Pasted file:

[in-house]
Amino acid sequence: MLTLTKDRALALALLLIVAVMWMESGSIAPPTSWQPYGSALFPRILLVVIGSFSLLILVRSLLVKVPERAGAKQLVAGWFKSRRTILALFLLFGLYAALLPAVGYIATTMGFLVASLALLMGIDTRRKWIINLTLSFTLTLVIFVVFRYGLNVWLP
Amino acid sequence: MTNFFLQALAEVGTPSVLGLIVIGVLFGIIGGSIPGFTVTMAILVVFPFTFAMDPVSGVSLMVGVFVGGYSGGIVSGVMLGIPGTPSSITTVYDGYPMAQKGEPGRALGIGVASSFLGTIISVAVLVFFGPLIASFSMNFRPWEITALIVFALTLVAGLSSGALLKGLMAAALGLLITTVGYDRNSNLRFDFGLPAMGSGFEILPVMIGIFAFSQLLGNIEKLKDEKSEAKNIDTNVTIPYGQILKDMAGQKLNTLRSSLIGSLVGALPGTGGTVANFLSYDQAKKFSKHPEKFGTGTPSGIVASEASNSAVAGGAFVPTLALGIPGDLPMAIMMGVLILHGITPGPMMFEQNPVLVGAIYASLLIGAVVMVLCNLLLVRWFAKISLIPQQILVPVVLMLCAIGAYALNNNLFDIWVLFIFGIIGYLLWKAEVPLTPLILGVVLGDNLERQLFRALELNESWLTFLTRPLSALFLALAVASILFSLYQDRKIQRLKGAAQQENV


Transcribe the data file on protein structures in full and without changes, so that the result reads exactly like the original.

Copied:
[in-house]
Amino acid sequence: MLTLTKDRALALALLLIVAVMWMESGSIAPPTSWQPYGSALFPRILLVVIGSFSLLILVRSLLVKVPERAGAKQLVAGWFKSRRTILALFLLFGLYAALLPAVGYIATTMGFLVASLALLMGIDTRRKWIINLTLSFTLTLVIFVVFRYGLNVWLP
Amino acid sequence: MTNFFLQALAEVGTPSVLGLIVIGVLFGIIGGSIPGFTVTMAILVVFPFTFAMDPVSGVSLMVGVFVGGYSGGIVSGVMLGIPGTPSSITTVYDGYPMAQKGEPGRALGIGVASSFLGTIISVAVLVFFGPLIASFSMNFRPWEITALIVFALTLVAGLSSGALLKGLMAAALGLLITTVGYDRNSNLRFDFGLPAMGSGFEILPVMIGIFAFSQLLGNIEKLKDEKSEAKNIDTNVTIPYGQILKDMAGQKLNTLRSSLIGSLVGALPGTGGTVANFLSYDQAKKFSKHPEKFGTGTPSGIVASEASNSAVAGGAFVPTLALGIPGDLPMAIMMGVLILHGITPGPMMFEQNPVLVGAIYASLLIGAVVMVLCNLLLVRWFAKISLIPQQILVPVVLMLCAIGAYALNNNLFDIWVLFIFGIIGYLLWKAEVPLTPLILGVVLGDNLERQLFRALELNESWLTFLTRPLSALFLALAVASILFSLYQDRKIQRLKGAAQQENV